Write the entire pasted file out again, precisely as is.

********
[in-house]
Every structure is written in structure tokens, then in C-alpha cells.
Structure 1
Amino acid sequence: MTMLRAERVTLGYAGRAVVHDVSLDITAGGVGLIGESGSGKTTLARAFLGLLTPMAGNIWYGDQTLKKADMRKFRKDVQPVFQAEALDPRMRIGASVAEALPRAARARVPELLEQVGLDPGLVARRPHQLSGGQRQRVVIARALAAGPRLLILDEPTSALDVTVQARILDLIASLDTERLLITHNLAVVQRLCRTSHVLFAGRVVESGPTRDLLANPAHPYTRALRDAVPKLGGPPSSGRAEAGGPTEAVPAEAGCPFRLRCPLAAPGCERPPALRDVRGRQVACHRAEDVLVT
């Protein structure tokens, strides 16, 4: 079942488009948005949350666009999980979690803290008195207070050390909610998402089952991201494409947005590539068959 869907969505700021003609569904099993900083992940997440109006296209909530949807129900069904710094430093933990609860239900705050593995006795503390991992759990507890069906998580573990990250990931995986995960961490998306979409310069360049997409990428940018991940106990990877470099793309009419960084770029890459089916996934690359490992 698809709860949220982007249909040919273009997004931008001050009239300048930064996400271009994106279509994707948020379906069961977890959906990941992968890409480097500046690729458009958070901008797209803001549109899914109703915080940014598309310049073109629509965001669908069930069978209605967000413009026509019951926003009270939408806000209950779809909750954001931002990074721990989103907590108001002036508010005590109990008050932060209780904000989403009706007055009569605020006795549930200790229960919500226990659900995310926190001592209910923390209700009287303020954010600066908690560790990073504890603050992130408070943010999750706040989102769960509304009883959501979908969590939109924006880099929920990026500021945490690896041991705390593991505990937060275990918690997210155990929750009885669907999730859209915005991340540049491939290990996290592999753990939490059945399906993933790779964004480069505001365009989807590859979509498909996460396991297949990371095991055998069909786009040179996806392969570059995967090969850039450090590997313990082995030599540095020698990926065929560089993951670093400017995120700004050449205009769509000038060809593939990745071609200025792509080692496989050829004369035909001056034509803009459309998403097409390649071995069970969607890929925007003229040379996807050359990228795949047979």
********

[in-house]
Every structure is written in structure tokens, then in C-alpha cells.
Structure 1
Amino acid sequence: MTMLRAERVTLGYAGRAVVHDVSLDITAGGVGLIGESGSGKTTLARAFLGLLTPMAGNIWYGDQTLKKADMRKFRKDVQPVFQAEALDPRMRIGASVAEALPRAARARVPELLEQVGLDPGLVARRPHQLSGGQRQRVVIARALAAGPRLLILDEPTSALDVTVQARILDLIASLDTERLLITHNLAVVQRLCRTSHVLFAGRVVESGPTRDLLANPAHPYTRALRDAVPKLGGPPSSGRAEAGGPTEAVPAEAGCPFRLRCPLAAPGCERPPALRDVRGRQVACHRAEDVLVT
């Protein structure tokens, strides 16, 4: 079942488009948005949350666009999980979690803290008195207070050390909610998402089952991201494409947005590539068959 869907969505700021003609569904099993900083992940997440109006296209909530949807129900069904710094430093933990609860239900705050593995006795503390991992759990507890069906998580573990990250990931995986995960961490998306979409310069360049997409990428940018991940106990990877470099793309009419960084770029890459089916996934690359490992 698809709860949220982007249909040919273009997004931008001050009239300048930064996400271009994106279509994707948020379906069961977890959906990941992968890409480097500046690729458009958070901008797209803001549109899914109703915080940014598309310049073109629509965001669908069930069978209605967000413009026509019951926003009270939408806000209950779809909750954001931002990074721990989103907590108001002036508010005590109990008050932060209780904000989403009706007055009569605020006795549930200790229960919500226990659900995310926190001592209910923390209700009287303020954010600066908690560790990073504890603050992130408070943010999750706040989102769960509304009883959501979908969590939109924006880099929920990026500021945490690896041991705390593991505990937060275990918690997210155990929750009885669907999730859209915005991340540049491939290990996290592999753990939490059945399906993933790779964004480069505001365009989807590859979509498909996460396991297949990371095991055998069909786009040179996806392969570059995967090969850039450090590997313990082995030599540095020698990926065929560089993951670093400017995120700004050449205009769509000038060809593939990745071609200025792509080692496989050829004369035909001056034509803009459309998403097409390649071995069970969607890929925007003229040379996807050359990228795949047979």